Red Kimono: Is it Passionate? Or Boble?

A bright and colourful red kimono. It may have a strong impression of being "passionate" in the world, but in Japan, red has been popular with Japanese people since ancient times as a noble colour. Yes, red kimono is a special existence for Japanese people. Now, let's introduce the meanings and colours of the Japanese red kimono.

Red Kimono's Meaning

Red Kimono's Meaning

Red kimono is very popular as a kimono that you can wear in colorful places such as Iro-Uchikake (色打掛 coloured sash-less robe) and Furisode (振袖), but what does red kimono mean?

 Warding Off Evil (魔除け / Mayoke)

Red Kimono's Meaning

It is said to have the power to chase off the bad and bring in the good. In the sense of chasing off the troubles and praying for happiness in the future, it is the perfect color for the coming of age ceremony.

What is the coming of age ceremony?

Image of Blood

Red, which can be called a vivid and lively color of blood, makes you feel the vitality. For this reason, red is a sacred color, and there were times when the public was prohibited from wearing red kimono. For that reason, it was a color that the general public yearned on.

Colour Types of Japanese Red Kimono

Colour Types of Japanese Red Kimono


Although red is red, there are various red colours in traditional Japanese colours.

  • Tang's Crimson (唐紅 Kara-kurenai): Deep crimson red-dyed with safflower
  • Autumn Foliage colour (紅葉色 Koyo-iro): A bright red color like maple that turns red in late autumn
  • Western Crimson colour (洋紅色 Yoko-shoku): A deep, bright magenta red. Another name is "Yobeni" (ようべに west crimson). This Japanese "beni-iro" (crimson) that was introduced from the West in the late Edo period is actually called "carmine" in the western name.
  • Scarlet colour (緋色 Hi-iro): Vivid red with a slight yellow tinge. A traditional colour name used since the Heian period. The colour name "Ake" (緋 can also read as Hi) means the colour of the sun or fire. Since the time of Empress Suiko (推古天皇), it is the highest color next to purple.
  • Madder colour (茜色 Akane-iro): Dark red dyed with the roots of Akane (茜) plant. It is often used to describe the sky at sunset. The slightly bright Akane-iro is called madder in English.

 Seasons when Red Kimono Shines

 Seasons when Red Kimono Shines

When choosing a color for a kimono, it is best to refer to the season. You may might think "Is the red one actually fit with spring?", but actually, spring is the season when light colored kimonos are preferred.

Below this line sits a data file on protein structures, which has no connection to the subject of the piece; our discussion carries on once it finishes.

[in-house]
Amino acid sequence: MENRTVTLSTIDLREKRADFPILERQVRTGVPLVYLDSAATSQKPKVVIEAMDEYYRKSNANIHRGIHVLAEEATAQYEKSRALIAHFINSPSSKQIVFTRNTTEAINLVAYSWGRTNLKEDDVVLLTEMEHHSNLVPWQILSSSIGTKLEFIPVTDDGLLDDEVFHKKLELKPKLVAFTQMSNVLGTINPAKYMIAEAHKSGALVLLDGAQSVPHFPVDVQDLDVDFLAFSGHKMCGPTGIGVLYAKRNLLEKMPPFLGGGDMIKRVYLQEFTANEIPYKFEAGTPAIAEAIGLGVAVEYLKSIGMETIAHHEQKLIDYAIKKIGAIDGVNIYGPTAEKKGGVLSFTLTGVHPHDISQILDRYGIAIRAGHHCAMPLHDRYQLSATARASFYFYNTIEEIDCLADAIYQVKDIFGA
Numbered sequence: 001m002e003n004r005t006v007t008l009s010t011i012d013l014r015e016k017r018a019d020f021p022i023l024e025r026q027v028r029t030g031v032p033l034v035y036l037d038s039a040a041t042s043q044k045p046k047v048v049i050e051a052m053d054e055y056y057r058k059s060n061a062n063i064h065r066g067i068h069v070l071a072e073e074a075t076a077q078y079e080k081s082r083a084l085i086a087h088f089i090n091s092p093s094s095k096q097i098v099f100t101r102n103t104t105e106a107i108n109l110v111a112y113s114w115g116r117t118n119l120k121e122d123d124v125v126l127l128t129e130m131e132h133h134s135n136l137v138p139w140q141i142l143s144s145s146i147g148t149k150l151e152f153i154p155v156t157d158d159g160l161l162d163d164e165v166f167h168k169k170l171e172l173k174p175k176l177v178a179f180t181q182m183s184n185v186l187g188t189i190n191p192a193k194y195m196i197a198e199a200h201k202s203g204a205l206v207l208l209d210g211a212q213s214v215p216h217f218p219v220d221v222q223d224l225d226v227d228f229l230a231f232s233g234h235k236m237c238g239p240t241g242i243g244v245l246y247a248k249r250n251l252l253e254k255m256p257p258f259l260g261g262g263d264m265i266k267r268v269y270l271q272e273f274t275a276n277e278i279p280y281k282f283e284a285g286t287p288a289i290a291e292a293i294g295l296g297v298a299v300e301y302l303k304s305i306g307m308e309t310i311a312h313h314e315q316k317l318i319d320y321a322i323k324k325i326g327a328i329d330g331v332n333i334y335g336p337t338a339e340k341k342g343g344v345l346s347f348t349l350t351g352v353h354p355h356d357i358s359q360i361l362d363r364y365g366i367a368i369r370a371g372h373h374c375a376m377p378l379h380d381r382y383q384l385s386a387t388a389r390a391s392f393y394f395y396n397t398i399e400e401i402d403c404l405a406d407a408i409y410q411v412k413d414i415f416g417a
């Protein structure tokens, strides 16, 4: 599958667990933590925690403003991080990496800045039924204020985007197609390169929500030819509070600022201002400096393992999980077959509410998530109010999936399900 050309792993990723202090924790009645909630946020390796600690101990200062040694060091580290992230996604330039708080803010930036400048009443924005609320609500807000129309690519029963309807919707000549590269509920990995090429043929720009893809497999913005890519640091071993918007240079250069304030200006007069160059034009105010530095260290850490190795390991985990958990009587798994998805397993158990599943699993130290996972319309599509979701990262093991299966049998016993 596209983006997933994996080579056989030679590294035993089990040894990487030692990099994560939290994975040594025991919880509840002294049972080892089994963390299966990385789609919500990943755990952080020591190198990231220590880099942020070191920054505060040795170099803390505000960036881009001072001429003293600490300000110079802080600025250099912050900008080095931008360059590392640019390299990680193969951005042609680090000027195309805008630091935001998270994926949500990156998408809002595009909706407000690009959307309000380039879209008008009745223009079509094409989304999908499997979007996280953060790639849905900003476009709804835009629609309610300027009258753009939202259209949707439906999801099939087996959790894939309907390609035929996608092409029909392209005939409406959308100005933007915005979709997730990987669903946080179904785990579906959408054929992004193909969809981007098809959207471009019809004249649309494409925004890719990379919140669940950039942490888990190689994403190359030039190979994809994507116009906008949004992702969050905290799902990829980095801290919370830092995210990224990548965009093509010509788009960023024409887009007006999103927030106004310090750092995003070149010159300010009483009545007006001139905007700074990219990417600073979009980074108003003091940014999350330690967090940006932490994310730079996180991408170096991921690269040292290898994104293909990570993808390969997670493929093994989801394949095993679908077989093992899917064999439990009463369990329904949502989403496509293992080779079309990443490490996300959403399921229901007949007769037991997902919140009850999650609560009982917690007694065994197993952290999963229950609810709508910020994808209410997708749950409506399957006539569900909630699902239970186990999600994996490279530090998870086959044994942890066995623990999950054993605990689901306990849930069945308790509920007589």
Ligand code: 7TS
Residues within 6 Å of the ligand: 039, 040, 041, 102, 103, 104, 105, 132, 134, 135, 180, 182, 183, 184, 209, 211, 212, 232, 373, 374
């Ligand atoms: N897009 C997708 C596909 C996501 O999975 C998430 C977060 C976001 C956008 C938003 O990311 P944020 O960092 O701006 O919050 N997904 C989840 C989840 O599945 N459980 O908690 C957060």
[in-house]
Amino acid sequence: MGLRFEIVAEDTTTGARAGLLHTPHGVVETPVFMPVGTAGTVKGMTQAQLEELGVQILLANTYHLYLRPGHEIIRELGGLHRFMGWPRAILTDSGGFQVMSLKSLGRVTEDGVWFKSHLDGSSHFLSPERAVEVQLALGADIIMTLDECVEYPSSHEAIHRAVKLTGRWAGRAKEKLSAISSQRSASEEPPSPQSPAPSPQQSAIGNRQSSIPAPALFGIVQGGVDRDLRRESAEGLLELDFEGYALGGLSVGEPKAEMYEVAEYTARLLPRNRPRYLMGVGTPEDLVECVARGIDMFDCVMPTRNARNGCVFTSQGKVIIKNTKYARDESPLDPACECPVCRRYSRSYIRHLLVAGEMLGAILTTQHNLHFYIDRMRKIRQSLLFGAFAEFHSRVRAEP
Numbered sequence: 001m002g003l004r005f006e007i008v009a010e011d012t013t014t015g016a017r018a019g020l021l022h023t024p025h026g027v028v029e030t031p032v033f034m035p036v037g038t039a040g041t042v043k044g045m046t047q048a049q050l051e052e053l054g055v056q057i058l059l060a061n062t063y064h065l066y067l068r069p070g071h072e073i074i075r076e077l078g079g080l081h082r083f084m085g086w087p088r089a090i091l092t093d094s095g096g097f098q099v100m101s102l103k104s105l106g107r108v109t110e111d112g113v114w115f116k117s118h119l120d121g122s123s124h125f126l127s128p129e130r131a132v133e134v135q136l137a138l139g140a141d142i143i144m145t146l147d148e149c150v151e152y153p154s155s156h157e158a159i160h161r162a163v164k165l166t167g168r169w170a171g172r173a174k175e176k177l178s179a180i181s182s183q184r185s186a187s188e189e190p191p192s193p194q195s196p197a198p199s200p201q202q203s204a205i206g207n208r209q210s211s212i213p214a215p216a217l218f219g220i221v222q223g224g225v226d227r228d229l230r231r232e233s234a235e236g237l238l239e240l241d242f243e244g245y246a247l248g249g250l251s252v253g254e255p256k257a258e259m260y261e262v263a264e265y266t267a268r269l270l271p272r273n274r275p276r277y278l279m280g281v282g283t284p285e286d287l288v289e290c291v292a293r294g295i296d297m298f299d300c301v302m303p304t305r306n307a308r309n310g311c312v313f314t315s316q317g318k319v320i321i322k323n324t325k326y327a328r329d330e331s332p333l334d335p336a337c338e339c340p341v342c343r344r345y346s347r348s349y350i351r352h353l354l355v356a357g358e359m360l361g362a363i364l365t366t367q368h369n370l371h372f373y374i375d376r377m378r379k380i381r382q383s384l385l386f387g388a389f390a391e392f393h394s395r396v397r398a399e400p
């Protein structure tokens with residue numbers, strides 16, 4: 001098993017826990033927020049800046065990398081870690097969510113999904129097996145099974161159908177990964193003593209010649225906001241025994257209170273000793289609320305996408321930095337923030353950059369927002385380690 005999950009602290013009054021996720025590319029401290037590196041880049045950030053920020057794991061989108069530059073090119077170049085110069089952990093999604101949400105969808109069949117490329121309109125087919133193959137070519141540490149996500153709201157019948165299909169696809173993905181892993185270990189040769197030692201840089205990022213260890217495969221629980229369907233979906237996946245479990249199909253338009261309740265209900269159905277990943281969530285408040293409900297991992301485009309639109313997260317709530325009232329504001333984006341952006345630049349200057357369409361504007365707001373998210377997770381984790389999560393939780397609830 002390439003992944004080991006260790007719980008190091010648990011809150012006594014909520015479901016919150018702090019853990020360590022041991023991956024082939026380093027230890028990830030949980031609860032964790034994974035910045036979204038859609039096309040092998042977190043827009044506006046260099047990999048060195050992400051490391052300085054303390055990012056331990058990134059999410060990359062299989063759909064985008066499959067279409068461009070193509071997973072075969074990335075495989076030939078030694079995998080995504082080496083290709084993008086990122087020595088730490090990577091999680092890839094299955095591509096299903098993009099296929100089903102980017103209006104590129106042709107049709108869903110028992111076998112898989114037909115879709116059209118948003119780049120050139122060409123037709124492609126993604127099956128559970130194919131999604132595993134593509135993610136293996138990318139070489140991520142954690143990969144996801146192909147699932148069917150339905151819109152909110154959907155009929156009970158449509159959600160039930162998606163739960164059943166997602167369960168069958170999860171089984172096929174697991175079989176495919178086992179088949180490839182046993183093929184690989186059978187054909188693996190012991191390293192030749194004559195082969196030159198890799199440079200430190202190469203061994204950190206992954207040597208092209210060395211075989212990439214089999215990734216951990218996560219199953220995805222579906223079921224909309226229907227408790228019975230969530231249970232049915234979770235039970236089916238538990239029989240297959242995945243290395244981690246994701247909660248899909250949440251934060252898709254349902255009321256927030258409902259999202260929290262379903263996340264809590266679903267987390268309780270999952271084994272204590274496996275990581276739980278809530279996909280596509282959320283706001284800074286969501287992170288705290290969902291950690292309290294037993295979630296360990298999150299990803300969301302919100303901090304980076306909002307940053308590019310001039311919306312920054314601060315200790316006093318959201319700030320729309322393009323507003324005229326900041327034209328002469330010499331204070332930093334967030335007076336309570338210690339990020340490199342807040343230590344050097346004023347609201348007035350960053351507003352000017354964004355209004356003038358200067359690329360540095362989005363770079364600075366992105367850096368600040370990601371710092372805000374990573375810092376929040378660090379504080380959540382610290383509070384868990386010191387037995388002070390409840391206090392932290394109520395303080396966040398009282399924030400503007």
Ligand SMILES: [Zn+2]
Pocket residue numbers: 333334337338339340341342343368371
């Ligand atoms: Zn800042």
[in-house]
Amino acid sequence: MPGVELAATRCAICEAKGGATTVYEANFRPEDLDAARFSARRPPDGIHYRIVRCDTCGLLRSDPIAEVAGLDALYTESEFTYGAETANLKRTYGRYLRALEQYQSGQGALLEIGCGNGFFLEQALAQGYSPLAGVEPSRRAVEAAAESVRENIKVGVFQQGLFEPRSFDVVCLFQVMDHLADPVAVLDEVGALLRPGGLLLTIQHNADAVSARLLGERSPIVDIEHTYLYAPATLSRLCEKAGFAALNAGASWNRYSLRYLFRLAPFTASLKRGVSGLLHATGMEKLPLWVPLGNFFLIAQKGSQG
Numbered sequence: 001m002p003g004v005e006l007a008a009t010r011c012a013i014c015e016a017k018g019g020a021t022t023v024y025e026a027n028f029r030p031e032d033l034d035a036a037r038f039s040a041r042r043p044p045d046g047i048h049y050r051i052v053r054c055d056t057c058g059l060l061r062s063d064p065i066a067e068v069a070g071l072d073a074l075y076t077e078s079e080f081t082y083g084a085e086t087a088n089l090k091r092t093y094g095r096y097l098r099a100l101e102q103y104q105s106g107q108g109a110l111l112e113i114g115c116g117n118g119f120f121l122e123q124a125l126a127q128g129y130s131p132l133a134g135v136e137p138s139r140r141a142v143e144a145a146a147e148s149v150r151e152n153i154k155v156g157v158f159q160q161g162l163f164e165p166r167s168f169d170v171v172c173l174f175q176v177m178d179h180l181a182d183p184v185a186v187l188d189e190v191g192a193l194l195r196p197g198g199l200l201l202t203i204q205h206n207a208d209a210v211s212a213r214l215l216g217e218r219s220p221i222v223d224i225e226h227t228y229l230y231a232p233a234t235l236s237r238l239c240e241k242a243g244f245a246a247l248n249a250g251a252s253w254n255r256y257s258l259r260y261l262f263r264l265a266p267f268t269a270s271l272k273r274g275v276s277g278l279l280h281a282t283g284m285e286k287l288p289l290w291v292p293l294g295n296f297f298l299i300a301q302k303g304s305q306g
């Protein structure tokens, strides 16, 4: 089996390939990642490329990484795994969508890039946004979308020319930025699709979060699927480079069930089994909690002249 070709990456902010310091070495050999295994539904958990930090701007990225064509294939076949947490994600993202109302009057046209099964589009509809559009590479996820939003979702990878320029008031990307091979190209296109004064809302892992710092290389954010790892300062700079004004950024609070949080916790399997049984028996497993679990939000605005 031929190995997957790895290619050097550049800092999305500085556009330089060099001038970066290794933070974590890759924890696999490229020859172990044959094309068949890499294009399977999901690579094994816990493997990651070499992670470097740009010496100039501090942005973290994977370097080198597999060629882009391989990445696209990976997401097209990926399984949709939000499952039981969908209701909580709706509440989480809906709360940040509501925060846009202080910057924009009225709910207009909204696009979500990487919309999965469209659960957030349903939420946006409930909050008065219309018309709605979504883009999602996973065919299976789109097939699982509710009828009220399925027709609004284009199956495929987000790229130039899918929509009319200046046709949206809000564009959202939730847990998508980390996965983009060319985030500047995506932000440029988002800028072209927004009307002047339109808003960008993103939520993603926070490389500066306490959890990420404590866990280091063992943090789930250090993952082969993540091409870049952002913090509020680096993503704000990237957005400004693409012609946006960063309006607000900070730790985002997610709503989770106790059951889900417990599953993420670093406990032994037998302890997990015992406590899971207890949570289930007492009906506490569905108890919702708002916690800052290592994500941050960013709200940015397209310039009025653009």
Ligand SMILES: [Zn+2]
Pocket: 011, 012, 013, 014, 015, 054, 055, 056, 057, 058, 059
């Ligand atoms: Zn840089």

Autumn is one of the seasons when red kimono shines. As the name suggests, the red varieties of "autumn foliage colours" and the color of the sky at sunset "akane-iro", are recommended for this season when the autumn foliage begins to change in colours. Red kimono is also recommended in winter. In winter, the leaves fell and the colors of flowers and grass are reduced, so a red kimono shines brightly. Also, when you wear a kimono at a traditional event during the Year's End and New Year holidays, you can wear a gorgeous red kimono.

Occasions Where you can See Red Kimono

Occasions Where you can See Red Kimono

Have you ever seen red kimono during your visit Japan or in the information related to Japan on the media? Probably you might have seen them in these occasions.

Red Kimono is the Standard for Hina Doll

Red Kimono is the Standard for Hina Doll

A seasonal festival to celebrate girls, Hina Matsuri (雛祭り Hina Doll festival). The classic kimono worn by the dolls for the Hina Doll is red. Hina dolls imitate a wedding ceremony in the Imperial Palace, and the dolls are dressed in official costumes for prestigious women, the Junihotoe (十二単 12 layers kimono).

Red Kimono Worn by Shrine Maiden

Red Kimono Worn by Shrine Maiden

A Miko (巫女) or shrine maiden is a woman who works at a shrine and performs the service of Kagura (神楽 traditional stage-play) and dance to honour the gods. There is no special qualification is required to become a shrine maiden, but it is often done by unmarried women such as priest's daughters and relatives. Generally, people will be retiring from shrine maiden in their late twenties. A modern shrine maiden's costume is usually a white kimono and a red hakama. There are various theories why the hakama worn by a shrine maiden turned red. There are various meanings, such as meaning the god of the sun, the color of unmarried women, and the color of nobility.


How was it? There are meanings of the Japanese red kimono and many types of red colours; very surprising right?

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